150 years ago, on 20 May 1867, work on the site which was to become the Royal Albert Hall began as Queen Victoria laid the building’s foundation stone.

In 2021 the Royal Albert Hall turns 150 years old! This building is so much more than just a beautiful Victorian venue, it’s the place of countless performances, stories and memories from countless visitors – we want to know your memories and what the Hall means to you.
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The ceremonial stone was laid in a special ceremony held in a vast marquee, erected especially for the occasion, the size and scale of which was not too dissimilar to the size of the Hall that was being constructed.

10,000 people pack the vast marquee, built especially for the occasion
10,000 people pack the vast marquee, built especially for the occasion

The marquee was built to hold 7,000 people, but it is estimated that upwards of 10,000 onlookers packed in to see the ceremony, causing chaos for the police team managing the event.

Queen Victoria arrived on a train at Paddington station with the Prince of Wales (who became King Edward VII following his mother’s death), before being driven across Hyde Park for the ceremony, which one of her very rare public appearances since the death of her beloved Prince Albert in 1861.

Reports at the time said the Queen spoke “indistinctly, slowly and under great emotional strain”, before using an especially-made trowel to lay the stone, as well as a glass ‘time-capsule’ underneath it containing an inscription and a collection of gold and silver coins. It was at this moment when she famously announced that the building was to be called the Royal Albert Hall of Arts and Sciences, in memory of her beloved ‘Bertie’, deviating from its original name, The Central Hall of Arts and Sciences.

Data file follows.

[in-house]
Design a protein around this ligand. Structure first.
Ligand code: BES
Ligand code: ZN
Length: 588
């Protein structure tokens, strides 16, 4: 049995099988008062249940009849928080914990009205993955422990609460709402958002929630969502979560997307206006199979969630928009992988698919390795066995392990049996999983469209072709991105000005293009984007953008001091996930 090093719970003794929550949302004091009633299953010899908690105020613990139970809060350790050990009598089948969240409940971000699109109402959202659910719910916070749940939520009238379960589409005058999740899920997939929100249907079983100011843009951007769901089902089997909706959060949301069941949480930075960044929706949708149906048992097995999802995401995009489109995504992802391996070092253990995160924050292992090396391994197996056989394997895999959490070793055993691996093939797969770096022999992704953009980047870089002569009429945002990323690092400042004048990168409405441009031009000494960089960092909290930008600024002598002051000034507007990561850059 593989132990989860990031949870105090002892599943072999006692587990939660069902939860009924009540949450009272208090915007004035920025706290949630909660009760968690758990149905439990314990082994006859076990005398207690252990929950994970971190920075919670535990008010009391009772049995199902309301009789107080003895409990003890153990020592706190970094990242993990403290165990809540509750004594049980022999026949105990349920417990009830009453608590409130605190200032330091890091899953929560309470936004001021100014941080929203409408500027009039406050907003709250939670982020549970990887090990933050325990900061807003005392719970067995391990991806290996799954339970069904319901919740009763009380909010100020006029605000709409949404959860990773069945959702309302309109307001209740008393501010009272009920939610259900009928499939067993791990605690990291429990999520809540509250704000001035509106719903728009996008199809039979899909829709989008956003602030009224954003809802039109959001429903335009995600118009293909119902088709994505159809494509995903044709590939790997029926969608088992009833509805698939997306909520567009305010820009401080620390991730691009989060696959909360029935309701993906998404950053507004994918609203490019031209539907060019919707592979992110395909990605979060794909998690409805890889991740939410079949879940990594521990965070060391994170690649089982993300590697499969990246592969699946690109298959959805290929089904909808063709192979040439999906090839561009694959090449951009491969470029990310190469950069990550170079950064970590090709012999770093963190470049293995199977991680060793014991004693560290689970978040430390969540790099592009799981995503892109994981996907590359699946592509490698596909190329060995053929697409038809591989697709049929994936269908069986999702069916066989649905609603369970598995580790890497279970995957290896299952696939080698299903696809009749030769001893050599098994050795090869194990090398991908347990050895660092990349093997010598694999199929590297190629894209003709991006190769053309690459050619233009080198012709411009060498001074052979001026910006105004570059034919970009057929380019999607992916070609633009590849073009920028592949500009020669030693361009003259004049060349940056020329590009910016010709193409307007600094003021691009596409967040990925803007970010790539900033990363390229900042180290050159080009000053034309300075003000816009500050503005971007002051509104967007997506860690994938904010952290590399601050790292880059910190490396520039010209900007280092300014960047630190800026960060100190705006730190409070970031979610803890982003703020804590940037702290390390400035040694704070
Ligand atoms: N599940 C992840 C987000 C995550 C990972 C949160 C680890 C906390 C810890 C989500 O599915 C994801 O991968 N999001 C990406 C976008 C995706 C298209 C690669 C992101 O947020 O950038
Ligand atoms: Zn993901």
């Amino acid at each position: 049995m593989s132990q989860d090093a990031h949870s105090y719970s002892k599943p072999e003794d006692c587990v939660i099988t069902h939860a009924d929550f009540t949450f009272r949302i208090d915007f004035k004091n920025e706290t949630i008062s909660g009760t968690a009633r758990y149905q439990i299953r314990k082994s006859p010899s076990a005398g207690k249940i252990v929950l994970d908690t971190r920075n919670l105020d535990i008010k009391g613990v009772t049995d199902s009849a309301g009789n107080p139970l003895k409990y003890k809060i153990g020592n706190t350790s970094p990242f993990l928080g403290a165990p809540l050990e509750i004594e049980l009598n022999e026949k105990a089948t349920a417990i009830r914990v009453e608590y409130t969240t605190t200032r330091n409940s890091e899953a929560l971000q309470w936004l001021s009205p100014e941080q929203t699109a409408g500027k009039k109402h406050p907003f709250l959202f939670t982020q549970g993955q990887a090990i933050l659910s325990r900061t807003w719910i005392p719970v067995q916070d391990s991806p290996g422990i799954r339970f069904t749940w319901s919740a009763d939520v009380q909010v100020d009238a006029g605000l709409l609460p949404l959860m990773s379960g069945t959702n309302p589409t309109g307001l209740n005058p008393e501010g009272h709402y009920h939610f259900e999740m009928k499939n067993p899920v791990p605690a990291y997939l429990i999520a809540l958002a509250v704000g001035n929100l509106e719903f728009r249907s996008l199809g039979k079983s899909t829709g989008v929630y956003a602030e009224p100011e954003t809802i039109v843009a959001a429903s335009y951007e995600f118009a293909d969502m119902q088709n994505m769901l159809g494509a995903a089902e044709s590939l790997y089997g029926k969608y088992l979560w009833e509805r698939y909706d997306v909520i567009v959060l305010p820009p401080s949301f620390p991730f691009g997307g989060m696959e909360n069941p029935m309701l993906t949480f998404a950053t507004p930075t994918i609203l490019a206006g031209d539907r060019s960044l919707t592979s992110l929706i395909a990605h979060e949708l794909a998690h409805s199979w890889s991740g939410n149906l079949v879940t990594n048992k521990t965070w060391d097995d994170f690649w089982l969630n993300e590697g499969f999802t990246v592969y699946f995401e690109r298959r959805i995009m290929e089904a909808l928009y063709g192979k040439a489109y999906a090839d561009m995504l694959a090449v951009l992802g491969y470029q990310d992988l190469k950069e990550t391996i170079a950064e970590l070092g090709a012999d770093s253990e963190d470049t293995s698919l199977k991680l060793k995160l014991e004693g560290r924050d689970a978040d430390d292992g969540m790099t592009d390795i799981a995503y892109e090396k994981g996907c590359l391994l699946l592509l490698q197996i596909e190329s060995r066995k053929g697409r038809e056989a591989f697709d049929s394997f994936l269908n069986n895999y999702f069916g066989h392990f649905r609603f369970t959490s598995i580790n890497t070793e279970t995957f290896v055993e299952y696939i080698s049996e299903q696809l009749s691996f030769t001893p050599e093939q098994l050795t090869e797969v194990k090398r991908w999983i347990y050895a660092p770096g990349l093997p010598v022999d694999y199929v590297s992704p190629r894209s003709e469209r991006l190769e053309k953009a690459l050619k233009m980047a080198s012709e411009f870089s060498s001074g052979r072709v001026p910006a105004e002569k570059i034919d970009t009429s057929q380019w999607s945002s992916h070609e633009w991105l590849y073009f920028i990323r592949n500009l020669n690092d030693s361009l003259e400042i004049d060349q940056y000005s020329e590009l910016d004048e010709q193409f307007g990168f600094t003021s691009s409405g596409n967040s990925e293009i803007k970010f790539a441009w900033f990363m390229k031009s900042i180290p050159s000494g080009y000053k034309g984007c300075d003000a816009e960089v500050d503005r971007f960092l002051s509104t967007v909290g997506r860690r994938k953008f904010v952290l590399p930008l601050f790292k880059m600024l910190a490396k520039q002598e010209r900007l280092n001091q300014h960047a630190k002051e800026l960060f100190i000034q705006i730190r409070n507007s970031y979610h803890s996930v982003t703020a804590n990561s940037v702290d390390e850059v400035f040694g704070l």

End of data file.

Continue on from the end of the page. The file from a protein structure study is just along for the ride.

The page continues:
jpg(Queen Victoria lays the foundation stone of the Royal Albert Hall
Queen Victoria lays the foundation stone of the Royal Albert Hall

Once the stone was lowered into place, the canvas of the great marquee shook as a 21-gun salute from Hyde Park marked the moment. The Archbishop of Canterbury read the Lord’s Prayer and then the orchestra and band of the Royal Italian Opera in Covent Garden played a special piece of music composed by the late Prince Albert.

Following the laying of the stone, work on the newly-named Royal Albert Hall continued over the following years, with the building being officially opened by Queen Victoria 29 March 1871.

The foundation stone, a block of reddish Aberdeen granite, although barely visible, is still in place; sitting proudly underneath the back row of the Stalls seating at Door 6. If you are ever sat in seating block Stalls K, spare a thought for the very special part of the building lying just metres beneath you.

The time capsule laid by Queen Victoria has never been retrieved and little is known of its contents; the inscription that adorns it is also unknown to us. As for the special ceremonial royal trowel – this was held by the Royal Albert Hall but sadly went missing at some point in the 1980s!

The foundation stone. Photo: J Collingridge, 2013
Stalls K, opposite the stage, the site of the foundation stone